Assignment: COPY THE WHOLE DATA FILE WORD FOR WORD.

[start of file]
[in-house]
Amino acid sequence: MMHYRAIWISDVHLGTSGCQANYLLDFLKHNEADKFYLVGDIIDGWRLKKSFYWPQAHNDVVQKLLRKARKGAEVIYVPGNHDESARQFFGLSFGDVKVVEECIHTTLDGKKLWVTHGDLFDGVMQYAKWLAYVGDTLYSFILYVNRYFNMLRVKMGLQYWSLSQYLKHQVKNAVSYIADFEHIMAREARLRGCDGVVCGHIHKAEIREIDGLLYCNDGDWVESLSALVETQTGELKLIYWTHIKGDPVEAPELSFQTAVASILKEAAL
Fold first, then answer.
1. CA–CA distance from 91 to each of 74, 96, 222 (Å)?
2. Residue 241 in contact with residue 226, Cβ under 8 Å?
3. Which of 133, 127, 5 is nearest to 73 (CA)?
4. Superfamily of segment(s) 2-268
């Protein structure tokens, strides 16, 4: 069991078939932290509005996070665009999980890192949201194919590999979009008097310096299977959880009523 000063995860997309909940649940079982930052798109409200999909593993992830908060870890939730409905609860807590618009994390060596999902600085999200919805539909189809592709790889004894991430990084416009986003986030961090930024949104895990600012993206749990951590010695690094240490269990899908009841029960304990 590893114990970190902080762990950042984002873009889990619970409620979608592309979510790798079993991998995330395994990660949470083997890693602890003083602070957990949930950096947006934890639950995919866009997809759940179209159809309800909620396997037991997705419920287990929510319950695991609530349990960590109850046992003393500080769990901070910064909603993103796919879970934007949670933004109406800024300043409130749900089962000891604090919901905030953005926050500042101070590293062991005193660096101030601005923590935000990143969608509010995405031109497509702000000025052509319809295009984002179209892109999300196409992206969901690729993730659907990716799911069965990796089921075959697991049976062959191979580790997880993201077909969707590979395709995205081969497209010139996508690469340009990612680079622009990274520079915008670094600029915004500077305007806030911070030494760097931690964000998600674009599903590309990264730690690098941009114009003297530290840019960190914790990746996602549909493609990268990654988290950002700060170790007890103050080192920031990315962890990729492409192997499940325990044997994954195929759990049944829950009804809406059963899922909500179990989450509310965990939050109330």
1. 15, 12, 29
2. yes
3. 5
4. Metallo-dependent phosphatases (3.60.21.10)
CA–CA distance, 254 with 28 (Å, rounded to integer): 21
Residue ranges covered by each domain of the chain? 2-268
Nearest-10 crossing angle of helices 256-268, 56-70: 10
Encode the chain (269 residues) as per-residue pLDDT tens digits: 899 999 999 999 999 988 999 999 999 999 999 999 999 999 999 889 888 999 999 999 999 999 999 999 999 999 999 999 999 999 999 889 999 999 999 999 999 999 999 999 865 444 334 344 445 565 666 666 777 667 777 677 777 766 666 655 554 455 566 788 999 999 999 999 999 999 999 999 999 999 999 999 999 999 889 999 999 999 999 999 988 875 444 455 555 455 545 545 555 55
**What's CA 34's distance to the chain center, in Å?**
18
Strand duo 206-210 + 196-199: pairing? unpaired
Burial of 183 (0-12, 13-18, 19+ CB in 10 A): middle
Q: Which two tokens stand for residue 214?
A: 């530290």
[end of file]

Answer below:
[in-house]
Amino acid sequence: MMHYRAIWISDVHLGTSGCQANYLLDFLKHNEADKFYLVGDIIDGWRLKKSFYWPQAHNDVVQKLLRKARKGAEVIYVPGNHDESARQFFGLSFGDVKVVEECIHTTLDGKKLWVTHGDLFDGVMQYAKWLAYVGDTLYSFILYVNRYFNMLRVKMGLQYWSLSQYLKHQVKNAVSYIADFEHIMAREARLRGCDGVVCGHIHKAEIREIDGLLYCNDGDWVESLSALVETQTGELKLIYWTHIKGDPVEAPELSFQTAVASILKEAAL
Fold first, then answer.
1. CA–CA distance from 91 to each of 74, 96, 222 (Å)?
2. Residue 241 in contact with residue 226, Cβ under 8 Å?
3. Which of 133, 127, 5 is nearest to 73 (CA)?
4. Superfamily of segment(s) 2-268
């Protein structure tokens, strides 16, 4: 069991078939932290509005996070665009999980890192949201194919590999979009008097310096299977959880009523 000063995860997309909940649940079982930052798109409200999909593993992830908060870890939730409905609860807590618009994390060596999902600085999200919805539909189809592709790889004894991430990084416009986003986030961090930024949104895990600012993206749990951590010695690094240490269990899908009841029960304990 590893114990970190902080762990950042984002873009889990619970409620979608592309979510790798079993991998995330395994990660949470083997890693602890003083602070957990949930950096947006934890639950995919866009997809759940179209159809309800909620396997037991997705419920287990929510319950695991609530349990960590109850046992003393500080769990901070910064909603993103796919879970934007949670933004109406800024300043409130749900089962000891604090919901905030953005926050500042101070590293062991005193660096101030601005923590935000990143969608509010995405031109497509702000000025052509319809295009984002179209892109999300196409992206969901690729993730659907990716799911069965990796089921075959697991049976062959191979580790997880993201077909969707590979395709995205081969497209010139996508690469340009990612680079622009990274520079915008670094600029915004500077305007806030911070030494760097931690964000998600674009599903590309990264730690690098941009114009003297530290840019960190914790990746996602549909493609990268990654988290950002700060170790007890103050080192920031990315962890990729492409192997499940325990044997994954195929759990049944829950009804809406059963899922909500179990989450509310965990939050109330």
1. 15, 12, 29
2. yes
3. 5
4. Metallo-dependent phosphatases (3.60.21.10)
CA–CA distance, 254 with 28 (Å, rounded to integer): 21
Residue ranges covered by each domain of the chain? 2-268
Nearest-10 crossing angle of helices 256-268, 56-70: 10
Encode the chain (269 residues) as per-residue pLDDT tens digits: 899 999 999 999 999 988 999 999 999 999 999 999 999 999 999 889 888 999 999 999 999 999 999 999 999 999 999 999 999 999 999 889 999 999 999 999 999 999 999 999 865 444 334 344 445 565 666 666 777 667 777 677 777 766 666 655 554 455 566 788 999 999 999 999 999 999 999 999 999 999 999 999 999 999 889 999 999 999 999 999 988 875 444 455 555 455 545 545 555 55
**What's CA 34's distance to the chain center, in Å?**
18
Strand duo 206-210 + 196-199: pairing? unpaired
Burial of 183 (0-12, 13-18, 19+ CB in 10 A): middle
Q: Which two tokens stand for residue 214?
A: 């530290």